Friday Favorites: Farmer Kev & Sister Hazel

This week, on a lovely day in May, we received the first farm share delivery from our very own Farmer Kev, a young farmer extraordinaire and a friend of the family. Farmer Kev has a farm and co-op and delivers a mix of things that he grows as well as items “from away,” as we Mainers would put it. From his co-op, you can order an astonishing range of items ranging from eggs to tofu to nondairy cream cheese.

Here is a picture of Farmer Kev.

Farmer Kev’s Organic publicity photo

 

Sometime this summer, I hope to go to his farm, take pictures, and do a short interview with him for the blog.

In the meantime, here is a picture of what was delivered on Tuesday.

The greens are from his farm, and I immediately wash, spin, and package them so that they are ready to eat whenever we want to make a salad.

The other vegetables are from away, but they taste amazingly fresh and delicious.

We have paid ahead for four seasons of Farmer Kev’s Organic, and I can’t think of a better way to spend the money.

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I came of age in the 1970s during the time of the great singer-song writers—Carole King, James Taylor, and Joni Mitchell. The Rolling Stones were going strong. Ditto for David Bowie. In short, folk and rock are in my DNA. This is the music of my youth, and I still love it.

However, luckily for me, I have children who came of age in the 1990s, and what a time for music it was. As with so many things, my girls broadened my musical horizons, and it didn’t take me long to become a big fan of alternative rock—Counting Crows, REM, Pearl Jam, and Sister Hazel.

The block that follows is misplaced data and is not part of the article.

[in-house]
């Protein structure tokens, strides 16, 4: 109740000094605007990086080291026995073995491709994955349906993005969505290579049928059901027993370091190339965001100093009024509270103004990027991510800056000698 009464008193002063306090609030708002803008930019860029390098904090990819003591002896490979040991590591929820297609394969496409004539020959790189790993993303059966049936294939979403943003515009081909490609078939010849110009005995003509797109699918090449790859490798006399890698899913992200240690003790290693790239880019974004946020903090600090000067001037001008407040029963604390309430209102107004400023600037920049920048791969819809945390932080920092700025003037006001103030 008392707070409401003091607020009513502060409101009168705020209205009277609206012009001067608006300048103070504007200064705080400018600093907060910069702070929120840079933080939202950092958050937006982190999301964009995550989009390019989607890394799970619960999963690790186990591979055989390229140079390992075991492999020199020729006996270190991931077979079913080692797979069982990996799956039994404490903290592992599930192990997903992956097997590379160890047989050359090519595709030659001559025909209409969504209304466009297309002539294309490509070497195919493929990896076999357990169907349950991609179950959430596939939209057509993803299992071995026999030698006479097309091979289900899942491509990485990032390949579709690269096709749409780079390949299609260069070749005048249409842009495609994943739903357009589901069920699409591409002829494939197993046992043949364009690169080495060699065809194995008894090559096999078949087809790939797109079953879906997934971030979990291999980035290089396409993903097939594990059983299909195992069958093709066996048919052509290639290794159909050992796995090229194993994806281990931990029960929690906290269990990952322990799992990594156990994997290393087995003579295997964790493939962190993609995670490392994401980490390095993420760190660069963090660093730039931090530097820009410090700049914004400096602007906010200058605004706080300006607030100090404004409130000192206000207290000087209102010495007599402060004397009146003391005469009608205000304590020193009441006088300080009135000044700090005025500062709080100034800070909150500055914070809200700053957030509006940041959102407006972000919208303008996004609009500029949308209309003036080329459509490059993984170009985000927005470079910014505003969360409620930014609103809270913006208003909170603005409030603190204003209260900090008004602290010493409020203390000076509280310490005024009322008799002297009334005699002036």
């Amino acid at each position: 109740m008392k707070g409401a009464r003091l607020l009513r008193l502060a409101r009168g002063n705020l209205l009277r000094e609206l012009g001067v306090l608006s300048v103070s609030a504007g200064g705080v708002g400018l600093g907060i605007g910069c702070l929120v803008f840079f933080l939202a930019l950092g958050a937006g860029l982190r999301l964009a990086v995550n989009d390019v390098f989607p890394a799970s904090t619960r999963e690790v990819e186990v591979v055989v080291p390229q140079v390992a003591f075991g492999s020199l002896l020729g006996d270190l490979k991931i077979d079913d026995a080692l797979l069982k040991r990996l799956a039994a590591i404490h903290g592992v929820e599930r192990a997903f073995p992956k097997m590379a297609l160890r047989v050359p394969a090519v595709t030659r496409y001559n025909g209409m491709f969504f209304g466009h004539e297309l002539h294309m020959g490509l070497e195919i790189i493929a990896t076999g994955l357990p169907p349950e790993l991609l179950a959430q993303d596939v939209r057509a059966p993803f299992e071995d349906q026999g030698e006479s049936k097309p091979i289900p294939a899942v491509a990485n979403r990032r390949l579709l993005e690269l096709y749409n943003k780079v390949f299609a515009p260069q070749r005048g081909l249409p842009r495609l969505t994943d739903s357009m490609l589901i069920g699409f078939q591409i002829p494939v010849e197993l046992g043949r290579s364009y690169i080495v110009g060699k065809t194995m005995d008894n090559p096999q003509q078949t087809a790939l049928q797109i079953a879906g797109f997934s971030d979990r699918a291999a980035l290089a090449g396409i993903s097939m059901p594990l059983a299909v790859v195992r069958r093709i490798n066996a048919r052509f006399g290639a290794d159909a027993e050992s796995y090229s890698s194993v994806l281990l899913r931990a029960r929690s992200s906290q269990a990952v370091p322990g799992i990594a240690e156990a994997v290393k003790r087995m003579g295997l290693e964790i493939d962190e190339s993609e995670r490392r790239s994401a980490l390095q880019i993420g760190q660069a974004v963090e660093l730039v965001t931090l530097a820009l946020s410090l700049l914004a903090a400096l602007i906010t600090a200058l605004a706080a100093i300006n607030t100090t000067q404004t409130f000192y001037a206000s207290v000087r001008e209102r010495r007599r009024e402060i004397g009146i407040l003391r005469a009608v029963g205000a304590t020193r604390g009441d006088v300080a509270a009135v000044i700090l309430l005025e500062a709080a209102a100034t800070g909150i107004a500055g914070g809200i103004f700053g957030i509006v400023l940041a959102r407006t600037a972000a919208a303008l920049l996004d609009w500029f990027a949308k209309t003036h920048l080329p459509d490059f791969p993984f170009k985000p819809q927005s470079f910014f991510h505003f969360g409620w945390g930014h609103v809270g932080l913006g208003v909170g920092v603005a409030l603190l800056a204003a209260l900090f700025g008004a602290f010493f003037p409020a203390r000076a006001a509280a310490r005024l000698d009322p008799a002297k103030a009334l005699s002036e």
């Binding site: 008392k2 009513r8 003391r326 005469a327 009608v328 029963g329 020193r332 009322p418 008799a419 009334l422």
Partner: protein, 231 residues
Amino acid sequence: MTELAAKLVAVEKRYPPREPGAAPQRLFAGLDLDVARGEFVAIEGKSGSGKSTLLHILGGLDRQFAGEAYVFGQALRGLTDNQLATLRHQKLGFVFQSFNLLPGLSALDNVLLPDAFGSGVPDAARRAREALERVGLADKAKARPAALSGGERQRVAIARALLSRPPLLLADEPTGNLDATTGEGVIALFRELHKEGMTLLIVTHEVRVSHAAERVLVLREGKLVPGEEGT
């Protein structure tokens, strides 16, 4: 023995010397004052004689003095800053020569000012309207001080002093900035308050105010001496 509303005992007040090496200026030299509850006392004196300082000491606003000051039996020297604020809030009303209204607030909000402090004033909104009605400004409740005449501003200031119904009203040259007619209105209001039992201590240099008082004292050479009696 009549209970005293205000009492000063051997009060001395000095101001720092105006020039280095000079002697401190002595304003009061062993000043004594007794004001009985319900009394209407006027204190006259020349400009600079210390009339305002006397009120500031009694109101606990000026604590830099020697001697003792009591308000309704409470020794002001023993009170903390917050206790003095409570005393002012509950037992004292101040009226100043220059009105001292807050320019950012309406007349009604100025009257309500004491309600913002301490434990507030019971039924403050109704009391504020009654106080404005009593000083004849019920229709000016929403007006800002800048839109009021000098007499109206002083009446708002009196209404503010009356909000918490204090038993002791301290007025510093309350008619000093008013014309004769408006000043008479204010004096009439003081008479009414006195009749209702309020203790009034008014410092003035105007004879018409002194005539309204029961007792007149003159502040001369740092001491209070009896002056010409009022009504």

So here’s a trip back to the 90s with Sister Hazel. At the risk of sounding nostalgic, I do have yearnings for the time when gas was less than $1 a gallon, and climate change was still just a blip on the horizon (I know, I know. climate change was there, and we should have been paying attention.) Authoritarianism seemed to be on the wane, and there was even a book published called The End of History. (Again, I know, I know.) The 90s also saw the rise of independent cinema along with the rise of alternative music.

I could go on extolling the virtues of the 90s, But I’ll stop and leave you with “All for You” by Sister Hazel. I hope you enjoy this trip down memory lane.

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Simple pleasures and favorites from blogging friends:

It’s fall in New Zealand, and this week on Thistles and Kiwis, yellow calla lilies and crunchy leaves are celebrated. And rightly so.

The pandemic has been with us for well over a year, and I think for many of us, even the homebodies, it has been crushing at times. But with the vaccines there are glimmers of light, and on Piglet in Portugal, there is a rejoicing in going and out and about again.

In Something over Tea, there is a lovely floral surprise to brighten the day.

In Touring My Backyard, Ju-Lyn finds “respite in running, in nature.”

 

 

79 thoughts on “Friday Favorites: Farmer Kev & Sister Hazel”

  1. I also found that my children broadened my musical tastes. Those vegetables look delicious indeed. Thank you for including a link to my blog, Laurie.

    1. Wow Laurie– using Kev’s inspiration– you and I are 2 peas in a pod! Music has been a big part of my life. I remember my joy in buying records such as Tapestry, Blue, Tea for the Tillerman, Sweet Baby James, Harvest etc back in the 70s. Then raising a teenager in the 90s was so much fun musically. We both loved the music of REM, and the band’s you listed…Eddie Vedder’s voice is so beautiful and haunting. All those alternative music bands felt like part of my DNA. Plus the indie films were so fun to explore together. My daughter let me show her Audrey Hepburns old movies and Shirley McClaines The Apartment , and Capras movies. Her favorite was You Can’t Take it With You and it’s bohemian atmosphere. Also Laurie we were so lucky to raise our children during the last decade of no social media so they were free of the teenage angst and distraction the internet brings. Sorry that this is a long response but I was so happy to see my feelings articulated by you and the song brought sweet nostalgia!